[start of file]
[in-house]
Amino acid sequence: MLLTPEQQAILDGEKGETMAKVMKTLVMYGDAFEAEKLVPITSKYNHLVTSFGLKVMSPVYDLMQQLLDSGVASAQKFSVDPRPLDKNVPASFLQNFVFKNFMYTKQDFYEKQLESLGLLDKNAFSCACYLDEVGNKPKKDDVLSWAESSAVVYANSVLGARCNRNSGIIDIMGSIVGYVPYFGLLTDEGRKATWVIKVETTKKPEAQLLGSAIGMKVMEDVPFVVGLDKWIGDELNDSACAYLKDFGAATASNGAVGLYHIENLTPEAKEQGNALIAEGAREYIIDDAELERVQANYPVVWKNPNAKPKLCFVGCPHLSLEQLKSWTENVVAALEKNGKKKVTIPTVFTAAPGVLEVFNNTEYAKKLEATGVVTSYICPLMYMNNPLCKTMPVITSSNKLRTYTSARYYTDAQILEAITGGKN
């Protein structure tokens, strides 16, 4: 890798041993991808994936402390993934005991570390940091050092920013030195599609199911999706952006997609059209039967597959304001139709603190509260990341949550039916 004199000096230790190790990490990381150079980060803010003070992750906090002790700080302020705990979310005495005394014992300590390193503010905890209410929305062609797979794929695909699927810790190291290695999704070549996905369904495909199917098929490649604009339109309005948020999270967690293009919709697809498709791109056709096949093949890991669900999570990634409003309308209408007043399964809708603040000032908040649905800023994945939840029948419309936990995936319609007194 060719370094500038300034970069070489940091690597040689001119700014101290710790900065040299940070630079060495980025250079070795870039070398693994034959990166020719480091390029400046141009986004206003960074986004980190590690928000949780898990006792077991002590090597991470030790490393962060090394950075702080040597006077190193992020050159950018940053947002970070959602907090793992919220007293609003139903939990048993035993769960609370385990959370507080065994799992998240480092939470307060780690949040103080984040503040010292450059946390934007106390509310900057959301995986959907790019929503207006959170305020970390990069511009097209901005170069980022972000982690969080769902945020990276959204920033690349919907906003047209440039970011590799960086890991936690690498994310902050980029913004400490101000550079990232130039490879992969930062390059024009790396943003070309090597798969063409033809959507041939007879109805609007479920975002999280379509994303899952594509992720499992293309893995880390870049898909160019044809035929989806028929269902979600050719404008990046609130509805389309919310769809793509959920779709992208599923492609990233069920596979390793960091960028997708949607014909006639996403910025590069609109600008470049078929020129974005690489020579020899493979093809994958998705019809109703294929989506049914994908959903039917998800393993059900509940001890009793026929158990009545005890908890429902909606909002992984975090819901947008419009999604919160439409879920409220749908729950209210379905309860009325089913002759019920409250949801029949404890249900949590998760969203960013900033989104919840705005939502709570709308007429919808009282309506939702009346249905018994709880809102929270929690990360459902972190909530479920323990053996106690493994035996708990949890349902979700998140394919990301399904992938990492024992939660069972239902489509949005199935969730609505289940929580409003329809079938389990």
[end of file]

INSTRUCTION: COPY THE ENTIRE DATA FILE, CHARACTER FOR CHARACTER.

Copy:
[in-house]
Amino acid sequence: MLLTPEQQAILDGEKGETMAKVMKTLVMYGDAFEAEKLVPITSKYNHLVTSFGLKVMSPVYDLMQQLLDSGVASAQKFSVDPRPLDKNVPASFLQNFVFKNFMYTKQDFYEKQLESLGLLDKNAFSCACYLDEVGNKPKKDDVLSWAESSAVVYANSVLGARCNRNSGIIDIMGSIVGYVPYFGLLTDEGRKATWVIKVETTKKPEAQLLGSAIGMKVMEDVPFVVGLDKWIGDELNDSACAYLKDFGAATASNGAVGLYHIENLTPEAKEQGNALIAEGAREYIIDDAELERVQANYPVVWKNPNAKPKLCFVGCPHLSLEQLKSWTENVVAALEKNGKKKVTIPTVFTAAPGVLEVFNNTEYAKKLEATGVVTSYICPLMYMNNPLCKTMPVITSSNKLRTYTSARYYTDAQILEAITGGKN
């Protein structure tokens, strides 16, 4: 890798041993991808994936402390993934005991570390940091050092920013030195599609199911999706952006997609059209039967597959304001139709603190509260990341949550039916 004199000096230790190790990490990381150079980060803010003070992750906090002790700080302020705990979310005495005394014992300590390193503010905890209410929305062609797979794929695909699927810790190291290695999704070549996905369904495909199917098929490649604009339109309005948020999270967690293009919709697809498709791109056709096949093949890991669900999570990634409003309308209408007043399964809708603040000032908040649905800023994945939840029948419309936990995936319609007194 060719370094500038300034970069070489940091690597040689001119700014101290710790900065040299940070630079060495980025250079070795870039070398693994034959990166020719480091390029400046141009986004206003960074986004980190590690928000949780898990006792077991002590090597991470030790490393962060090394950075702080040597006077190193992020050159950018940053947002970070959602907090793992919220007293609003139903939990048993035993769960609370385990959370507080065994799992998240480092939470307060780690949040103080984040503040010292450059946390934007106390509310900057959301995986959907790019929503207006959170305020970390990069511009097209901005170069980022972000982690969080769902945020990276959204920033690349919907906003047209440039970011590799960086890991936690690498994310902050980029913004400490101000550079990232130039490879992969930062390059024009790396943003070309090597798969063409033809959507041939007879109805609007479920975002999280379509994303899952594509992720499992293309893995880390870049898909160019044809035929989806028929269902979600050719404008990046609130509805389309919310769809793509959920779709992208599923492609990233069920596979390793960091960028997708949607014909006639996403910025590069609109600008470049078929020129974005690489020579020899493979093809994958998705019809109703294929989506049914994908959903039917998800393993059900509940001890009793026929158990009545005890908890429902909606909002992984975090819901947008419009999604919160439409879920409220749908729950209210379905309860009325089913002759019920409250949801029949404890249900949590998760969203960013900033989104919840705005939502709570709308007429919808009282309506939702009346249905018994709880809102929270929690990360459902972190909530479920323990053996106690493994035996708990949890349902979700998140394919990301399904992938990492024992939660069972239902489509949005199935969730609505289940929580409003329809079938389990």